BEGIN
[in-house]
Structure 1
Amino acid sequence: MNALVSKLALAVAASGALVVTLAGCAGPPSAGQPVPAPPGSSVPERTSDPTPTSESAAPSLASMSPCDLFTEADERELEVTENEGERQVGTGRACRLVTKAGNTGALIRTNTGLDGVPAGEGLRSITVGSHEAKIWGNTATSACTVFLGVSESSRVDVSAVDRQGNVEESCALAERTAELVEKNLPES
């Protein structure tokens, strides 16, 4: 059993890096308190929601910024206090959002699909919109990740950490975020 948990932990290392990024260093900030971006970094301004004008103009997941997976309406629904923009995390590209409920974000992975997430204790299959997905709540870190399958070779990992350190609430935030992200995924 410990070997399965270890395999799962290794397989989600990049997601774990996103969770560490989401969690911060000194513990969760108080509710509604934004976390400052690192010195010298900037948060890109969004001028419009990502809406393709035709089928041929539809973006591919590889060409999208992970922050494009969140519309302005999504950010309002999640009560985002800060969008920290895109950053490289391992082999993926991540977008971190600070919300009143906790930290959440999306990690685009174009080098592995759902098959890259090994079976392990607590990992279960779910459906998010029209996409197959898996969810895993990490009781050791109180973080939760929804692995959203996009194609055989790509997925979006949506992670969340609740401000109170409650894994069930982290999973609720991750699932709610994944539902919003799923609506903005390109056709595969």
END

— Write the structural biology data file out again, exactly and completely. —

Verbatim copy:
[in-house]
Structure 1
Amino acid sequence: MNALVSKLALAVAASGALVVTLAGCAGPPSAGQPVPAPPGSSVPERTSDPTPTSESAAPSLASMSPCDLFTEADERELEVTENEGERQVGTGRACRLVTKAGNTGALIRTNTGLDGVPAGEGLRSITVGSHEAKIWGNTATSACTVFLGVSESSRVDVSAVDRQGNVEESCALAERTAELVEKNLPES
């Protein structure tokens, strides 16, 4: 059993890096308190929601910024206090959002699909919109990740950490975020 948990932990290392990024260093900030971006970094301004004008103009997941997976309406629904923009995390590209409920974000992975997430204790299959997905709540870190399958070779990992350190609430935030992200995924 410990070997399965270890395999799962290794397989989600990049997601774990996103969770560490989401969690911060000194513990969760108080509710509604934004976390400052690192010195010298900037948060890109969004001028419009990502809406393709035709089928041929539809973006591919590889060409999208992970922050494009969140519309302005999504950010309002999640009560985002800060969008920290895109950053490289391992082999993926991540977008971190600070919300009143906790930290959440999306990690685009174009080098592995759902098959890259090994079976392990607590990992279960779910459906998010029209996409197959898996969810895993990490009781050791109180973080939760929804692995959203996009194609055989790509997925979006949506992670969340609740401000109170409650894994069930982290999973609720991750699932709610994944539902919003799923609506903005390109056709595969």